ANN ARBOR, MI — The Macomb County mother at the center of an adoption fraud probe faced a federal judge Tuesday to turn down a plea deal. That means if Tara Lynn Lee is convicted, she could face decades behind bars.
Dressed in an orange prison jump suit and with her hands and feet chained, Tara Lee officially turned down three plea agreements that the feds had offered her.
Judge Bernard Friedman locked Lee up back in March after the 7 Investigators caught Lee on camera violating her bond by using a cell phone after she had been ordered not to. Her lawyer has filed a new motion asking that she be released from jail before her trial due to family concerns and the need to prepare for trial.
The feds say Lee has taken in more than $1.6 million since 2017 by working on adoptions without a license.
FBI agents say Lee promised babies that didn’t exist and double matched adoptive couples to the same birth moms in order to bilk couples from across the country out of thousands of dollars.
John Crouch and his wife say they gave Lee $33,000 to adopt a baby boy, that he says he now knows did not exist. But Crouch says his family and dozens of others across the country were left with nothing but heartbreak.
“It affects real people every day. These people that have been affected by this, it’s not just another baby, not just money,” Crouch told 7 Investigator Heather Catallo. “There was hope there for those people and it was completely ripped away from them.”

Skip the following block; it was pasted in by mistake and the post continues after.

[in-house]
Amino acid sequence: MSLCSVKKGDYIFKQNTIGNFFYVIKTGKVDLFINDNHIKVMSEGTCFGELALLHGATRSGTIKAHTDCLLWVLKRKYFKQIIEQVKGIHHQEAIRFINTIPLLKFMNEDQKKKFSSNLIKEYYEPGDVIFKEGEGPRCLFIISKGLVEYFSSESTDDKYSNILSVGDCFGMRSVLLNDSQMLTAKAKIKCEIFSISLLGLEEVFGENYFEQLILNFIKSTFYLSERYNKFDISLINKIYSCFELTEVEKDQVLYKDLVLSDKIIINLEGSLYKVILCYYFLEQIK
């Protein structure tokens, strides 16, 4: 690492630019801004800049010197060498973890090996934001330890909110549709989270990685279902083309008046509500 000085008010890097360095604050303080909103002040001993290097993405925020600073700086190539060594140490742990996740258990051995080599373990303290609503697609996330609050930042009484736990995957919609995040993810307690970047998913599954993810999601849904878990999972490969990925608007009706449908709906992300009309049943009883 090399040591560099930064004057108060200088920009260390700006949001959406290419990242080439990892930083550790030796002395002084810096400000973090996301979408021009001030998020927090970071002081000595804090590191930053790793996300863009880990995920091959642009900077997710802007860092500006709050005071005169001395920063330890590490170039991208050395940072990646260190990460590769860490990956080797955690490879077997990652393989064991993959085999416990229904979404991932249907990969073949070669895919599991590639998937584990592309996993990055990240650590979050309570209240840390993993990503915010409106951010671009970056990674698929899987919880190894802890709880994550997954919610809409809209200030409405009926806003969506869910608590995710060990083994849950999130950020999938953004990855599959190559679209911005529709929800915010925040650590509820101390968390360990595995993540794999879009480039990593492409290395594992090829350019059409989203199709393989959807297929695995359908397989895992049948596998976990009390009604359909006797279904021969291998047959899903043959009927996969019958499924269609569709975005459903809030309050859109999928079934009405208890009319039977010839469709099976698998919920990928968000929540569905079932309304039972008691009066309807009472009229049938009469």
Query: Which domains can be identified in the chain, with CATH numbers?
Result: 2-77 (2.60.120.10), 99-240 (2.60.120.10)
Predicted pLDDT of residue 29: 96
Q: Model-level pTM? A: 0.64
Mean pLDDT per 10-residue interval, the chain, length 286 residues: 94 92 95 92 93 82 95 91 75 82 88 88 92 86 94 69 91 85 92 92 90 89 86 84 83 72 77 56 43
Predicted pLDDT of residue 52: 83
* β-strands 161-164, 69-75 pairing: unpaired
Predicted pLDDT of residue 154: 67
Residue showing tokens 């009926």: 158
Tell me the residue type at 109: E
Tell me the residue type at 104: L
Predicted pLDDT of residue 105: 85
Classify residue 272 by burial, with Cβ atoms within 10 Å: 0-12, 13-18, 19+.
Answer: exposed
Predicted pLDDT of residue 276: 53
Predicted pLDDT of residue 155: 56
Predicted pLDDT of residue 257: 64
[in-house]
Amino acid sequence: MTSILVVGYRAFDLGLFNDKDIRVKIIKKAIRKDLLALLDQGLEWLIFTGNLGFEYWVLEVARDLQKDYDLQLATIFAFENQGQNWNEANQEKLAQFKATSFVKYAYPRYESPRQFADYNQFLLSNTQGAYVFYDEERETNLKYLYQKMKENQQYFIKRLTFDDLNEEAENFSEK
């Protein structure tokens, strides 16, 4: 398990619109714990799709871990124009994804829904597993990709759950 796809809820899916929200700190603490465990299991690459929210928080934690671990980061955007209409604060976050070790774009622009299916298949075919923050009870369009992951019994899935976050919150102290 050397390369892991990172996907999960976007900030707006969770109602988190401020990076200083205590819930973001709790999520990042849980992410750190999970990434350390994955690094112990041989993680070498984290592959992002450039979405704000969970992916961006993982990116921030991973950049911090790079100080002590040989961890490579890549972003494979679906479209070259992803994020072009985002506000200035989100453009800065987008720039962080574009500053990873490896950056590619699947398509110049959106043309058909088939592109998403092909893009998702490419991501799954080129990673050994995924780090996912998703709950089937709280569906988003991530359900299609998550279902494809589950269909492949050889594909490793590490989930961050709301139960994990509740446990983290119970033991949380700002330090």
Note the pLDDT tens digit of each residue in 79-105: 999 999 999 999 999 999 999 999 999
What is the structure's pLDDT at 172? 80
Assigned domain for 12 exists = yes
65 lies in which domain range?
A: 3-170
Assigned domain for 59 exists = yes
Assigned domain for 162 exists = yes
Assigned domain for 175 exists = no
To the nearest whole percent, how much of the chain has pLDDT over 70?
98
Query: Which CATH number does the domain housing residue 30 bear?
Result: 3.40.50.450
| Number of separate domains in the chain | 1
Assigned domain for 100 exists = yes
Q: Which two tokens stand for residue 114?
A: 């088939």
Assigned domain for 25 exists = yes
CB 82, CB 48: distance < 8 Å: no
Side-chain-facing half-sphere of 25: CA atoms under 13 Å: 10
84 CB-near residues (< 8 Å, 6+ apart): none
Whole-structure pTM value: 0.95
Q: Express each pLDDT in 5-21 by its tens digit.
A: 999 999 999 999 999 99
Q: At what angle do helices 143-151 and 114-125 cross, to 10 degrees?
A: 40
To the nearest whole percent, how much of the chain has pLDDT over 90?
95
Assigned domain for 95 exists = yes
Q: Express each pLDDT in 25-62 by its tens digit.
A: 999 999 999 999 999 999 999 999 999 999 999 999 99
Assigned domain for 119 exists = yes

The indictment references couples from Michigan, Colorado, Minnesota, Georgia, Missouri, South Carolina, Indiana, Ohio, Kentucky, Alabama, Wisconsin, and Illinois. The 7 Investigators have learned there are even more families affected by Lee’s alleged actions than are listed in the indictment. Sources close to the case say at least 80 families in 26 states have been impacted.
Tuesday inside the federal courthouse in Ann Arbor, an Assistant U.S. Attorney told the judge that Lee said no to three different plea agreements. They all would have required the 37-year-old from New Haven to plead guilty to two counts of wire fraud.
The first deal offered would have meant a prison sentence from 63 to 78 months.
For the second deal offered, the government proposed a sentence range of 78 to 97 months, the defense wanted 51 to 63 months.
And the third deal offered would have meant 97 to 121 months in prison with the guilty plea.
Lee said no. Now a federal grand jury has added even more charges, for a total of 23 counts of Wire
Fraud and 1 count of Aggravated Identity Theft. Wire Fraud is a 20-year felony. The Identity Theft count is a 15-year felony.
Judge Friedman wanted more time to review Lee’s motion to revoke her detention order. He ordered a hearing to be held Tuesday July 30, 2019 at 11am.
The trial is set for November 19, 2019.
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